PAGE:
With Republicans anxious about the potential loss of Congress — and with conditions seemingly deteriorating in Iraq — Mr. Bush addressed the question of whether he would alter his policies.
"We are constantly adjusting our tactics so that we achieve the objective, and right now it's tough, it's tough," Mr. Bush said in an Associated Press interview.
Mr. Bush summoned Gen. John Abizaid, the top U.S. commander in the Middle East, to the White House for consultations Friday afternoon. The White House said Abizaid already was in town and Mr. Bush asked him over. The president also will consult by video conference on Saturday with Abizaid at U.S. Central Command in Tampa, Fla., and with Gen. George Casey, who leads the U.S.-led Multinational Forces in Iraq, to determine if a change in tactics is necessary to combat the increasing violence.
Despite calls for change, Mr. Bush said, "Our goal has not changed. Our goal is a country that can defend, sustain and govern itself, a country that which will serve as an ally in this war. Our tactics are adjusting."
There were fresh signs of Republican doubts about the war.
In a not so subtle dig at Mr. Bush's "cut and run" charges toward Democrats, his former No. 2 at the State Department, Richard Armitage, says the United States should "notify and walk," reports CBS News White House correspondent Jim Axelrod. Armitage says the United States should notify the Iraqis that the U.S. military will draw down troop levels over a reasonable time period. "We can't win this militarily," Armitage says.
Also, Sen. Kay Bailey Hutchison of Texas, who holds a seat deemed safe for the GOP, said in a campaign debate Thursday she would have voted against the war had she known Saddam Hussein possessed no weapons of mass destruction.
The president is showing no flexibility on a phased withdrawal — it's called a non-starter. The idea of dividing Iraq into three separate regions is ruled out, too, reports Axelrod.
In other developments:
Democrats also kept up the pressure on Mr. Bush. In a letter to the president, a dozen House and Senate Democratic leaders urged him to bring home some U.S. troops and force the Iraqis to take more responsibility for their security. The Democrats said Mr. Bush should do more to pressure Iraqi leaders to disarm militias and find a political solution that would curb violence.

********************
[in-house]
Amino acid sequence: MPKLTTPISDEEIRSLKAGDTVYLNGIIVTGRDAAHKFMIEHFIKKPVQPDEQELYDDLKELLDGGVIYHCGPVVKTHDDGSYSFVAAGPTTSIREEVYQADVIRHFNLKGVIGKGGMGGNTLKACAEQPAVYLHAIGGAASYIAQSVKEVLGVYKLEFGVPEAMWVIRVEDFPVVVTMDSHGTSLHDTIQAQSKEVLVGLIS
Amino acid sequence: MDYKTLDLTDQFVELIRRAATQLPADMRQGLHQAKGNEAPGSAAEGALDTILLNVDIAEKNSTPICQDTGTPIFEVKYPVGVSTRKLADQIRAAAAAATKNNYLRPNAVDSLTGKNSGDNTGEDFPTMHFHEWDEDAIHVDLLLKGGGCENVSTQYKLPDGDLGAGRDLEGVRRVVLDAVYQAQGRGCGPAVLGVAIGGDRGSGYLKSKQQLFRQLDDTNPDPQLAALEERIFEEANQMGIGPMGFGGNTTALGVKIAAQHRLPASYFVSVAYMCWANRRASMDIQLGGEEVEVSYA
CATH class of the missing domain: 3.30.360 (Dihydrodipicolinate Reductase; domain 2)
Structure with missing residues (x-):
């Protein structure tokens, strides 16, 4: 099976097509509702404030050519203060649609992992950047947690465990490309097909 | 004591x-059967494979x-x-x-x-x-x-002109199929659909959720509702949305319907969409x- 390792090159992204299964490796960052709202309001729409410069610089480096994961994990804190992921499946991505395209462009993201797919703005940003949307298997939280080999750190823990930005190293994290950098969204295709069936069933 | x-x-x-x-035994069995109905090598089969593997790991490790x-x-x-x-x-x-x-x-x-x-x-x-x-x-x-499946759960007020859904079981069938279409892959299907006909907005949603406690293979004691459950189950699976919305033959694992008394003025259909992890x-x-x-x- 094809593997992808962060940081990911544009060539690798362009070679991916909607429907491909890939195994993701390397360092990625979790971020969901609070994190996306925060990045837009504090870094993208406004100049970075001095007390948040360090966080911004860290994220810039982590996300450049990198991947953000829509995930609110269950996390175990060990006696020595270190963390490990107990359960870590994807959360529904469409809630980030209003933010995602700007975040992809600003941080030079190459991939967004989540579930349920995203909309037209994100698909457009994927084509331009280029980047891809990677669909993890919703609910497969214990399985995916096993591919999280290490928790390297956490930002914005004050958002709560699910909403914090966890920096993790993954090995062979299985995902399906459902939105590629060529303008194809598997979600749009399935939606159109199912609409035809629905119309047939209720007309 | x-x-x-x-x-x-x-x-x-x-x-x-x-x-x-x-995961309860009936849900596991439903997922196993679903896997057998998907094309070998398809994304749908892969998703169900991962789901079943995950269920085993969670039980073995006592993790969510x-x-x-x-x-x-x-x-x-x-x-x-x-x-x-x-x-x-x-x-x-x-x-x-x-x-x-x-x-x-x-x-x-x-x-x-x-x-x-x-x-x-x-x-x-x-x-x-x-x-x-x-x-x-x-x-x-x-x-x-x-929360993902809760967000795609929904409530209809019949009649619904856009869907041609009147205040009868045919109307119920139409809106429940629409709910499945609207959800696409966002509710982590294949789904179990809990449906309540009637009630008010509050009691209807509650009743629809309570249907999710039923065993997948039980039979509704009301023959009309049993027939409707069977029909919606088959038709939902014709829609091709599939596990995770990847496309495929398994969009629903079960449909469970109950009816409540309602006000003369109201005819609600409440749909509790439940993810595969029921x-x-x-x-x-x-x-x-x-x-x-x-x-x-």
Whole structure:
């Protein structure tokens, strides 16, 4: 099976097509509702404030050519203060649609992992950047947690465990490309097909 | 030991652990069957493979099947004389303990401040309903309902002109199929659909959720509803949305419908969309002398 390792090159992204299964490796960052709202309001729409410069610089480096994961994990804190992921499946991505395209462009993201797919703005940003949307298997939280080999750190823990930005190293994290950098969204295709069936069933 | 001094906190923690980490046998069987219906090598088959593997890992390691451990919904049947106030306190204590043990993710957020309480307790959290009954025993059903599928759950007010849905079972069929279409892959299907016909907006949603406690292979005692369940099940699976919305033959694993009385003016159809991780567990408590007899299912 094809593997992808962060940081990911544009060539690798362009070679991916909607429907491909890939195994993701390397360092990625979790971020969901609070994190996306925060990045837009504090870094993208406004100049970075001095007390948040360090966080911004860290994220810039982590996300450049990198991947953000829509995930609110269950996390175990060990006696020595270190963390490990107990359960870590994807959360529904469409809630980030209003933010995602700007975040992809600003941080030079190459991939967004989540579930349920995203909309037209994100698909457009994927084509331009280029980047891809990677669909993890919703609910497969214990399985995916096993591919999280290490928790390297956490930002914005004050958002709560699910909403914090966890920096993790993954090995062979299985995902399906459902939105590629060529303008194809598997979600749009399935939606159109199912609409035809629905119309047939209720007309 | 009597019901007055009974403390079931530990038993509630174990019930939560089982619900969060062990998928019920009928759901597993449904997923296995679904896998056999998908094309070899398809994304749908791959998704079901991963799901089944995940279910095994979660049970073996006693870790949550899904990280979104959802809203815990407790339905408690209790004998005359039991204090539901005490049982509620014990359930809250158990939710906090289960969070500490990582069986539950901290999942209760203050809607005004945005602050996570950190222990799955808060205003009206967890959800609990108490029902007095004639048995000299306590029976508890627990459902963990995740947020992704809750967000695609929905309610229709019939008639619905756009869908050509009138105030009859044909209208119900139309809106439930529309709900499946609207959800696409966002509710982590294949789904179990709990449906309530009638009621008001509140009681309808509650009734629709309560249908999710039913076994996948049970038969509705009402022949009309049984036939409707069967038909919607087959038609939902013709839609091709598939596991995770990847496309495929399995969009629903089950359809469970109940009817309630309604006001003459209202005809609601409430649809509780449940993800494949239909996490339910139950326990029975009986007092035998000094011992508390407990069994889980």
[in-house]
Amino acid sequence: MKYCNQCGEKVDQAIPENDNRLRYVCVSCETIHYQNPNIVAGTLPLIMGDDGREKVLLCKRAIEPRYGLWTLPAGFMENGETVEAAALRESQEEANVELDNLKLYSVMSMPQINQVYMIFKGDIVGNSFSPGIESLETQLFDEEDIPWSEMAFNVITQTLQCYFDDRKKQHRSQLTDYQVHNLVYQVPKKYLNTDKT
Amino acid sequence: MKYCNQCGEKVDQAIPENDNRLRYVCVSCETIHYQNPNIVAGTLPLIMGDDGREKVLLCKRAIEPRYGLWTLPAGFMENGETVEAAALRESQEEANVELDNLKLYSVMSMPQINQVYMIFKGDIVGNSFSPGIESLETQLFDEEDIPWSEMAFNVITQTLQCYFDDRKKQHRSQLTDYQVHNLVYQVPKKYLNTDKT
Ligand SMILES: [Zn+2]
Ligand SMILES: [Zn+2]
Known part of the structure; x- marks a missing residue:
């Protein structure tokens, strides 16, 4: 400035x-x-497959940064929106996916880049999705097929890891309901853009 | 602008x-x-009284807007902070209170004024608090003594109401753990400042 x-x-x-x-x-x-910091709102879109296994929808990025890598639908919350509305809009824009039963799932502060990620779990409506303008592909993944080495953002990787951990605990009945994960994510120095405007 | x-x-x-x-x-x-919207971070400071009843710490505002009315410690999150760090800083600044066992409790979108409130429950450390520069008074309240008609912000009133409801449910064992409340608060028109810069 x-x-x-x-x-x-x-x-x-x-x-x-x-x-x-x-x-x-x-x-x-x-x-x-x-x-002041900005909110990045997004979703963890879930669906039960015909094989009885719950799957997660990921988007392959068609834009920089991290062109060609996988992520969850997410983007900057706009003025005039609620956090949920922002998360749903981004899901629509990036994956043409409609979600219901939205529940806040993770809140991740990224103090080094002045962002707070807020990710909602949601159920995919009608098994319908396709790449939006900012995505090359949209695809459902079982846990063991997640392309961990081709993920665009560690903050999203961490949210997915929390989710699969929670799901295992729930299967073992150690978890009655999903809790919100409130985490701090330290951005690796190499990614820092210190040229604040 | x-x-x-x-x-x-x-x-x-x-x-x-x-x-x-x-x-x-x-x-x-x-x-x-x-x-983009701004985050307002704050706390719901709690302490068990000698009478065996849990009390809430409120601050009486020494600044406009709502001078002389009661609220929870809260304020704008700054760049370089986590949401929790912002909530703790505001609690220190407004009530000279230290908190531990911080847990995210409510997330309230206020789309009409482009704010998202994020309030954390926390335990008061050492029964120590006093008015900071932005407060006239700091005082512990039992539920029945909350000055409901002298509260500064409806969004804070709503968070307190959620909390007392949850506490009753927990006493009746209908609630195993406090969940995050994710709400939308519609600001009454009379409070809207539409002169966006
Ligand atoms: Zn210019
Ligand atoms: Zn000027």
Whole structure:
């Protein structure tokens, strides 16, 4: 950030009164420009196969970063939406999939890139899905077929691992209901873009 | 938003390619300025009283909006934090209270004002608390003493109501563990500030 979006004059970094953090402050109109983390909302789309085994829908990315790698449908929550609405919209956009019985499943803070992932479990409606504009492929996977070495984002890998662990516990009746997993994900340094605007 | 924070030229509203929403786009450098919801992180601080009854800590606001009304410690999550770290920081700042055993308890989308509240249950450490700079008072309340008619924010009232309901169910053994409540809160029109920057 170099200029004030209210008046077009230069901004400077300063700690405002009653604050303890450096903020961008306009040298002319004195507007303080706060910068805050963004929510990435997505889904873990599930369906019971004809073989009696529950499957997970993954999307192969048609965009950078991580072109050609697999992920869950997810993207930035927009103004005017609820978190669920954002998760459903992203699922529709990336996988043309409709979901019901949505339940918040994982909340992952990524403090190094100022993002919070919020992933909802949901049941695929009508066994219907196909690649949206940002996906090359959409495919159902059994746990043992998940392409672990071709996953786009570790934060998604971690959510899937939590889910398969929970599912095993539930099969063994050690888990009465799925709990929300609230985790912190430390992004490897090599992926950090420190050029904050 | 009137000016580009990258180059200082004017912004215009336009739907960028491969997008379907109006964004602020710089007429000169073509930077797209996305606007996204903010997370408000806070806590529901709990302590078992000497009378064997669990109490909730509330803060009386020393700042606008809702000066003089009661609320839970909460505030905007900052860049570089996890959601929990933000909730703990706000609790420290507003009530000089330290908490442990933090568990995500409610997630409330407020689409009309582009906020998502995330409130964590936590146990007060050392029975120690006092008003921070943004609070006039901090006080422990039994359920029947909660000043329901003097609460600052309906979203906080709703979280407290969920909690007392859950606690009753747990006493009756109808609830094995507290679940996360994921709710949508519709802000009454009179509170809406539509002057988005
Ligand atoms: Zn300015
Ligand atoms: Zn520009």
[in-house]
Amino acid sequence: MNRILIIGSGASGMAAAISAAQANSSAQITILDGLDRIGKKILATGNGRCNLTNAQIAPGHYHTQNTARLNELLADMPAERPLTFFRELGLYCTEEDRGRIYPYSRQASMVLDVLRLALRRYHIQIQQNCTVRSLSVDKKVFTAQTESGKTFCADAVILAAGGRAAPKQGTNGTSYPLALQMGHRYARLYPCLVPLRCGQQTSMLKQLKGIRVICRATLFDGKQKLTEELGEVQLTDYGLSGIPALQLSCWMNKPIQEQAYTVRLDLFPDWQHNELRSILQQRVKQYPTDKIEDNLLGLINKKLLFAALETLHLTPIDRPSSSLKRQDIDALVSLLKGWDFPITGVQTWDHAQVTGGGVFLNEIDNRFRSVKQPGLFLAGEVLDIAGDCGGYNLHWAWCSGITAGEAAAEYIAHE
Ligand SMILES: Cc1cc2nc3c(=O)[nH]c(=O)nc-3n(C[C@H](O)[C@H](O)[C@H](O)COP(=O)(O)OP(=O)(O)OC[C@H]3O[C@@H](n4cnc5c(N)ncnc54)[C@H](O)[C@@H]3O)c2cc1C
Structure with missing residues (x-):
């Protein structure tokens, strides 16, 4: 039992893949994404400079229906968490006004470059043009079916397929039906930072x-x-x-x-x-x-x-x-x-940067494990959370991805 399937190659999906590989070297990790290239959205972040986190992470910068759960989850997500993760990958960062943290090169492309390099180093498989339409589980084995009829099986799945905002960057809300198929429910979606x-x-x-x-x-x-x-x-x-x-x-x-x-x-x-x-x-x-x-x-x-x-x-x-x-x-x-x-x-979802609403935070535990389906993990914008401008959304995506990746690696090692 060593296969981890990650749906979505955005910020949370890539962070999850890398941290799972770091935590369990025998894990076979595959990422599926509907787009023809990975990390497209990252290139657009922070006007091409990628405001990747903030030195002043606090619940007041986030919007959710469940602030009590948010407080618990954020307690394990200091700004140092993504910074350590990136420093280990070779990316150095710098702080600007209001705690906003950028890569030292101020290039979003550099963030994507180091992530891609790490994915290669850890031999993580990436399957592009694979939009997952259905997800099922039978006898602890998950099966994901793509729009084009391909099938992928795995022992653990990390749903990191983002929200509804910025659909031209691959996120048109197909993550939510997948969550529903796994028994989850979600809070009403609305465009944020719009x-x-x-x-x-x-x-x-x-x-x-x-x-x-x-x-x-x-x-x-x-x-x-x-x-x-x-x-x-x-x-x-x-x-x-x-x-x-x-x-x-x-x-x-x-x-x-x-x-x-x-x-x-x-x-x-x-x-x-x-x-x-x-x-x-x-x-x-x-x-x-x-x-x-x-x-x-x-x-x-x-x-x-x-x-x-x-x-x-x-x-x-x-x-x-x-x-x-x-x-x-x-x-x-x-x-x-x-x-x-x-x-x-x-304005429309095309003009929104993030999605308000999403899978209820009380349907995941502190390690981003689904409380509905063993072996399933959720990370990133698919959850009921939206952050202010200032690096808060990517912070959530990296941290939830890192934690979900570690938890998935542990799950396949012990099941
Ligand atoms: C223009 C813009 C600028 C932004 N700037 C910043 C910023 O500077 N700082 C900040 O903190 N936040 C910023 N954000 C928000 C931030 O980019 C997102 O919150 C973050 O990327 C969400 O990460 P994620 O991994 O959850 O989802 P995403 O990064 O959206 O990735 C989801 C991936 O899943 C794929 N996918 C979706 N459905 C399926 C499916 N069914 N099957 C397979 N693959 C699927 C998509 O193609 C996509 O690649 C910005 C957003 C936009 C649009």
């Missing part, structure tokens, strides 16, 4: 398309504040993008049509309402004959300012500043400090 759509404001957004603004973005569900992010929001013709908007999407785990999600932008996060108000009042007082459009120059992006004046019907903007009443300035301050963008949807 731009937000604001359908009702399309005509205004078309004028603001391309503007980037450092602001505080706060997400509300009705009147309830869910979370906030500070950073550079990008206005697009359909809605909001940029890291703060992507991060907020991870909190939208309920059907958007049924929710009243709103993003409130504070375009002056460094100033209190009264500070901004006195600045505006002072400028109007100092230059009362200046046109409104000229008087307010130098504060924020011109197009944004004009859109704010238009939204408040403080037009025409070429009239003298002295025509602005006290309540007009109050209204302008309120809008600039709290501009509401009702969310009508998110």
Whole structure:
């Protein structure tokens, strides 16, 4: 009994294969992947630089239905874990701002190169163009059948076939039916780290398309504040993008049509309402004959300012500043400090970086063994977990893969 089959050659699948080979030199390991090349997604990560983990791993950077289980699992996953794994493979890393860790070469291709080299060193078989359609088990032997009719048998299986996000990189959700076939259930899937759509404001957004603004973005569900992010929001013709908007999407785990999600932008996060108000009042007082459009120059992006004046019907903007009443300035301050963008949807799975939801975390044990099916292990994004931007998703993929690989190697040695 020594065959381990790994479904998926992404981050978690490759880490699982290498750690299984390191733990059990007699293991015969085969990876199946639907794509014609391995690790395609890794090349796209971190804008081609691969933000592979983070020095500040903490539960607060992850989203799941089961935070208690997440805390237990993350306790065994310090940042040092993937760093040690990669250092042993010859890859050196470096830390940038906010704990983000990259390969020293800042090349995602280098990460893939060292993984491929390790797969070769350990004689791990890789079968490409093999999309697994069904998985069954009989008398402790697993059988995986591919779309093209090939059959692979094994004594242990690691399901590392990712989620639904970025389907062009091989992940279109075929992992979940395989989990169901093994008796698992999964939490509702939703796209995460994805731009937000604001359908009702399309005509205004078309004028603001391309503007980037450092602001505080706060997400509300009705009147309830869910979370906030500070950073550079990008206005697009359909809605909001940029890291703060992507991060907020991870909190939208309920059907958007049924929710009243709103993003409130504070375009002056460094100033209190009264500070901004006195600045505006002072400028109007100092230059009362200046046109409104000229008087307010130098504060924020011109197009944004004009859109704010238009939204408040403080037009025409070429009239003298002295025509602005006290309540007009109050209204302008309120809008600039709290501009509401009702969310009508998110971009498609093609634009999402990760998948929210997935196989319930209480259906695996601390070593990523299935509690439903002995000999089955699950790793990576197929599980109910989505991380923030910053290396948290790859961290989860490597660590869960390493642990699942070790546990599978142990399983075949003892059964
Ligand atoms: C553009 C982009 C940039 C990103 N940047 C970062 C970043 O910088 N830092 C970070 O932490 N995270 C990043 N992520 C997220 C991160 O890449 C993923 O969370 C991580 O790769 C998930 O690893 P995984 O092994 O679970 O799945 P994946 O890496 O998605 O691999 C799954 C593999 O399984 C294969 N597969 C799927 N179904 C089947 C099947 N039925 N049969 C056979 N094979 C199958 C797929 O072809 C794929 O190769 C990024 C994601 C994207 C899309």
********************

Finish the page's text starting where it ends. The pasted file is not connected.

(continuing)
"The steadily mounting sectarian violence, growing insurgency and escalating casualty figures in Iraq are unacceptable and unsustainable," the Democrats said. "We urge you to change course, level with the American people and join with us to develop a policy that will work before the situation in Iraq is irretrievable."
Presidential spokesman Tony Snow said that while Bush might change tactics, he would not change his overall strategy.
"He's not somebody who gets jumpy at polls," Snow said of Mr. Bush.
Mr. Bush, at a political fundraiser in Washington for the National Republican Senatorial Committee, railed against Democrats who criticize the war. Calling the Democrats the party of "cut and run," Mr. Bush said voters need to ask: "Which political party has a strategy for victory in this war on terror?' "
As of Friday, the U.S. combat death toll in Iraq during October stood at 75 — possibly heading for the highest for any month in nearly two years. Now in its fourth year, the war has claimed the lives of more than 2,785 Americans. Approval of Mr. Bush's handling of Iraq has dipped to 37 percent among likely voters in the AP-Ipsos poll early this month, down slightly from 41 percent last month.
Defense Secretary Donald Rumsfeld said the Iraqi government must become less reliant on the United States to handle security. He also said U.S. officials are working with the Iraqis to develop projections on when that might happen.
"It's their country, they're going to have to govern it, they're going to have to provide security for it, and they're going to have to do it sooner rather than later," Rumsfeld said.
"The biggest mistake would be to not pass things over to the Iraqis, create a dependency on their part, instead of developing strength and capacity and competence," he said.
Doubts about the effectiveness of current tactics have risen, and the U.S. military has said its two-month drive to crush insurgent and militia violence in Baghdad has fallen short. Attacks in Baghdad rose by 22 percent in the first three weeks of the Muslim holy month of Ramadan when compared to the three previous weeks.